Nearing the end of the day, while the rest of the group was down at the water's edge just doing things, a couple came walking down the path above camp. The gal said that she liked the spot, then they returned from whence they'd come. Only to return a few minutes later aboard loaded bicycles. I made several snap (and, I feel, astute) judgements regarding their style and capability which I will keep to myself. I will say they looked confused. I called out that the way forward would not suit bikes, but that there were several campsites on the other side of the horse bridge that were very nice. The gal misunderstood me to mean the beach below the bridge (what is it with people and the camping in rotten spots?), so I corrected her with the actual location of actually viable spots to camp. She then piped up with the opinion that they would "just camp right here"; indicating the meadow adjacent to our ground.

I was very surprised.

Some thoughts occurred to me. To wit: why would one come all the way out to the back country (such as it is) and decide that you would camp right next to other people? And, further, expect that they would be stoked with your decision to intrude on their solitude   be "neighborly". Finally, what the hell?!? She was pointing at a rolling and quite sloped meadow; a very poor choice of camp site on it's own merit.

I said, "That would be a bummer for everyone." because, simple is best really.

Dude (now speaking) says, "Why is that?"

I said, "Because we are gonna get hella drunk and shoot off fireworks."

Dude, "Oh...well, thanks for letting us know." And he moves to turn around.  Meanwhile, lathered up gal begins to whine, "Uh! Are we really going to go back?" as they leave.


24 June 2013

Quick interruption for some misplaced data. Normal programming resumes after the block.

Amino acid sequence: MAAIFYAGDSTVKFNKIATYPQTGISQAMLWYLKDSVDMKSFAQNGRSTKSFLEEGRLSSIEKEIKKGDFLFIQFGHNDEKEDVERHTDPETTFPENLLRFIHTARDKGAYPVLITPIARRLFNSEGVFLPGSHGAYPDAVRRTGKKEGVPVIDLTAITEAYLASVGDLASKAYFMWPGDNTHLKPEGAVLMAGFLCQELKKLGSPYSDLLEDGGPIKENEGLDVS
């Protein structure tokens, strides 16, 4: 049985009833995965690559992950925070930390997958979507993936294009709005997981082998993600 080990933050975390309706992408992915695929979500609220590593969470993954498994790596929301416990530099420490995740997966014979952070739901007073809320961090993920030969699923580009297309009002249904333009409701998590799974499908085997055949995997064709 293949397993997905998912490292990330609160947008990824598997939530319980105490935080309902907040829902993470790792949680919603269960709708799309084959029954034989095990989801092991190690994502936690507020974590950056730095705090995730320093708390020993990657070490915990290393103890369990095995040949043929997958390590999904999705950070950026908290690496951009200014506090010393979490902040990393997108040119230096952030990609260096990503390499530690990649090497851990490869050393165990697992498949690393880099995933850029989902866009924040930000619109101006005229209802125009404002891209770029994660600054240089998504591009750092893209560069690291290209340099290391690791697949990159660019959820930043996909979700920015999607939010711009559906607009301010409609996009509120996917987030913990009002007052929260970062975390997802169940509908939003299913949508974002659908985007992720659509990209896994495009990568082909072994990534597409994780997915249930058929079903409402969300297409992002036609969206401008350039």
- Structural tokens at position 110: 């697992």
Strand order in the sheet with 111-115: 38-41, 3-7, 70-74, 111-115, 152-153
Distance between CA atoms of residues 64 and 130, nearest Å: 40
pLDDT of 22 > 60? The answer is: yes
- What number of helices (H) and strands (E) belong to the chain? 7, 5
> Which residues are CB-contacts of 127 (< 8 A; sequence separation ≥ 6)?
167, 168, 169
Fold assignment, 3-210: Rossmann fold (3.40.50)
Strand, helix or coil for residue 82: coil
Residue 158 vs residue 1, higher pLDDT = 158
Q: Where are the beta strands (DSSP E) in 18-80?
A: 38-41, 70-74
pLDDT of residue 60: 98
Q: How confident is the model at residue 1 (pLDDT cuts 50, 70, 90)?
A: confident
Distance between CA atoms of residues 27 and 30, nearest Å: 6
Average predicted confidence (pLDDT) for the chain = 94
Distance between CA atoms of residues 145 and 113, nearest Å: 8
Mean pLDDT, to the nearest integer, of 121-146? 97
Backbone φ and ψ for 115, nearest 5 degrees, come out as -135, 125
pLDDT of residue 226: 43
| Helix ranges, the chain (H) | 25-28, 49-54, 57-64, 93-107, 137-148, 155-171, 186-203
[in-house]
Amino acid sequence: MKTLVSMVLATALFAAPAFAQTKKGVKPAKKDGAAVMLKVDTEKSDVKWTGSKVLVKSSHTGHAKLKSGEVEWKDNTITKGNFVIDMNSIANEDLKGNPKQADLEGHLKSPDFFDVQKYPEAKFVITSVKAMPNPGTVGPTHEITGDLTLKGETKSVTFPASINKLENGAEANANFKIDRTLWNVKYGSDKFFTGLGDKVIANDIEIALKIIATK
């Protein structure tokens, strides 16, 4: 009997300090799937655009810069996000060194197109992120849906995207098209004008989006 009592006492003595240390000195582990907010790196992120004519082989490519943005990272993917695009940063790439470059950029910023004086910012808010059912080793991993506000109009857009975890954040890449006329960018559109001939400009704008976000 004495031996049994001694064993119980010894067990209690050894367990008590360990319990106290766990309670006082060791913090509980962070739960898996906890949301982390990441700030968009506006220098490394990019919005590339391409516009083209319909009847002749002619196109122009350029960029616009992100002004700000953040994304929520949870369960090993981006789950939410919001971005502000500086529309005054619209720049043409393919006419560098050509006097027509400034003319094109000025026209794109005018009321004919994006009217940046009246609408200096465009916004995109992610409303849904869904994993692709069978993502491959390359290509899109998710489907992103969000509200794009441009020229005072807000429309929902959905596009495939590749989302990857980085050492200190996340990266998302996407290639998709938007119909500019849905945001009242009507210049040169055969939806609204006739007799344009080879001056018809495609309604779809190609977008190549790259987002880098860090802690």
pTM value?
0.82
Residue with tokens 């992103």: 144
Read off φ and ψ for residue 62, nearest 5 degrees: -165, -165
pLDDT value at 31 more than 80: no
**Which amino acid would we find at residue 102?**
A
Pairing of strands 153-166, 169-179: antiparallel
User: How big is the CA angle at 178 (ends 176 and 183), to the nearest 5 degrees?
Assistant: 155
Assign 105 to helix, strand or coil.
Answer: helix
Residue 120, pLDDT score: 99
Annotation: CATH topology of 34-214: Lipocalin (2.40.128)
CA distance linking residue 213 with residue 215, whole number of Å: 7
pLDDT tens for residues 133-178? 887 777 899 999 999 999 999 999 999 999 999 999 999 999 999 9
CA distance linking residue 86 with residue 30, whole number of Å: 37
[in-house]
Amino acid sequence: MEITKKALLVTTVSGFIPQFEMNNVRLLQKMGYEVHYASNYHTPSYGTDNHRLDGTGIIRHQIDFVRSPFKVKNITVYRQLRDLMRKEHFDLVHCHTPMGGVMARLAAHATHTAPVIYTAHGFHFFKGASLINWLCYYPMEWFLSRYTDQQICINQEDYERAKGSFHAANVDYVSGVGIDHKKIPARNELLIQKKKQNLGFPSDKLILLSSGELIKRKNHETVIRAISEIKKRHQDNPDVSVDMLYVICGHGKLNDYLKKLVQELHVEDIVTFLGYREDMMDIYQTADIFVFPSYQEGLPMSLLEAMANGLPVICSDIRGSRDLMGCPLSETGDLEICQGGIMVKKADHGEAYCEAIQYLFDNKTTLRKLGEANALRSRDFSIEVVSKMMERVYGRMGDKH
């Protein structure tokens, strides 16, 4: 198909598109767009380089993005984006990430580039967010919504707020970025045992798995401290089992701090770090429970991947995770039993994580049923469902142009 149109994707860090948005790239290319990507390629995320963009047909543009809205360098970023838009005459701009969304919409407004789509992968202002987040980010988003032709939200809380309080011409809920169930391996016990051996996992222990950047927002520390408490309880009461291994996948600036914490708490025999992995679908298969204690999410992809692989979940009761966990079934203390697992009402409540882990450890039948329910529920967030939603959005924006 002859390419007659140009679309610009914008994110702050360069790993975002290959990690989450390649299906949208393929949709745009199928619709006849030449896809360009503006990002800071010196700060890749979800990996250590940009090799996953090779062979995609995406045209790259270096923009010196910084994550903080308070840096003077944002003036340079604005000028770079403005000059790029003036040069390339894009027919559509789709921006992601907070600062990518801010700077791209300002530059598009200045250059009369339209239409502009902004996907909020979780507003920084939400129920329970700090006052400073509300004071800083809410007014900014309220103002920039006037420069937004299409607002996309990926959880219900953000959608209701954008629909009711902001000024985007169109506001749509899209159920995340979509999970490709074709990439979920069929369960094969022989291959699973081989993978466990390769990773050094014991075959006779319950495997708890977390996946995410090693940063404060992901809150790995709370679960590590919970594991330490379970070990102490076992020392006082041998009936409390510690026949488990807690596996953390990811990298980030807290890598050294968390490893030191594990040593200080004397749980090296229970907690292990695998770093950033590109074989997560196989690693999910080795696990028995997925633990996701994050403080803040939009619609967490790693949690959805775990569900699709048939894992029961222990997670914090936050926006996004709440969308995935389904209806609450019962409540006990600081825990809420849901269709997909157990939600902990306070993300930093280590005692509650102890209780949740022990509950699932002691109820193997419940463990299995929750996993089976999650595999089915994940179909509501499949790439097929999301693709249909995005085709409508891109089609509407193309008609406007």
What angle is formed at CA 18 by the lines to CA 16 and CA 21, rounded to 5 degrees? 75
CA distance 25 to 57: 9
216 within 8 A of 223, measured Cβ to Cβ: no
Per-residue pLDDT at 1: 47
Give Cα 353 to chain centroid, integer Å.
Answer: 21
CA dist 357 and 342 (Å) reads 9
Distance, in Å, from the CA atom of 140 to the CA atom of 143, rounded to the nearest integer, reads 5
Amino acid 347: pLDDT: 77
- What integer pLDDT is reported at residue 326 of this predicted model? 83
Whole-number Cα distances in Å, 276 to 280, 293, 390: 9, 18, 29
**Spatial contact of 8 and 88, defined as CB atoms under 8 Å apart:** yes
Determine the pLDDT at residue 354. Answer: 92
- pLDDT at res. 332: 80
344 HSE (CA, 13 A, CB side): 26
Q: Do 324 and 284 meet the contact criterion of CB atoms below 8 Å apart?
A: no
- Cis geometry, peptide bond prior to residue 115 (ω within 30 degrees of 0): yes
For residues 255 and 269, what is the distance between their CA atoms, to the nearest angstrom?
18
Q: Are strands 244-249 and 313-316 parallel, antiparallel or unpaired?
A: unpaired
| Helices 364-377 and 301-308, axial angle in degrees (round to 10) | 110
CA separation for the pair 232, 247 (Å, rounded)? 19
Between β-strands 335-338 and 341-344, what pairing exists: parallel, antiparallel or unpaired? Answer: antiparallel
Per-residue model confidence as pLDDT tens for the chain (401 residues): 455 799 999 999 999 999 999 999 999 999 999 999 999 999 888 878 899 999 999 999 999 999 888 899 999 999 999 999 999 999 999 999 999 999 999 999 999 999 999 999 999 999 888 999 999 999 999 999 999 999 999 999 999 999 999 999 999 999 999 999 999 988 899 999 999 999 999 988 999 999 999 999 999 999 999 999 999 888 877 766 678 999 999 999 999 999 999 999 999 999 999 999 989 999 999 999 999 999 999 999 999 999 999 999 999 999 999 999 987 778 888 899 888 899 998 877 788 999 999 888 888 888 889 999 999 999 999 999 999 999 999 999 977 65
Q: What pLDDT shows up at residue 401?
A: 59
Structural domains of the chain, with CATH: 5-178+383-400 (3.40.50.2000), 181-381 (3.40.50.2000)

tryin to bring that fairy tale life

Stuff will happen or not. Other things. Some folks ride when they can, other folks won't. If you want to then you will. You know, if you're able.

Take the cross bike up to Santa Cruz and remember how good and how pleasant it is to ride pavement and gravel and loamy singletrack all aboard the perfect bike on the same ride. I know where some of y'all stash your tall boys and  your (gag) airplane bottles of rum.

 It makes me laugh when people say "my dogs are barking" and they mean their feet are tired.

This jalopy was parked in the shade outside the blue shop the other day:

 I did not get a load of the rider, but I am sure he/she would have been instantly recognizable as such. At 1st, I wondered what happened at speed; like, was the little tin on the bars a hideout? No. It's holding more bird seed. But then I thought- duh. They're birds. I bet they just hold on and lean into the headwind. Maybe spread their wings.

 The poo all over the front panniers really made it for me.

 Looked for some pre-perigee moon before the fog...

A picture of the new (and temporary...gonna put a new rear end on this bike and run discs. Sorry, Charlie- these old-ass forearms want some ease of use up in here) brakes on the cross bike: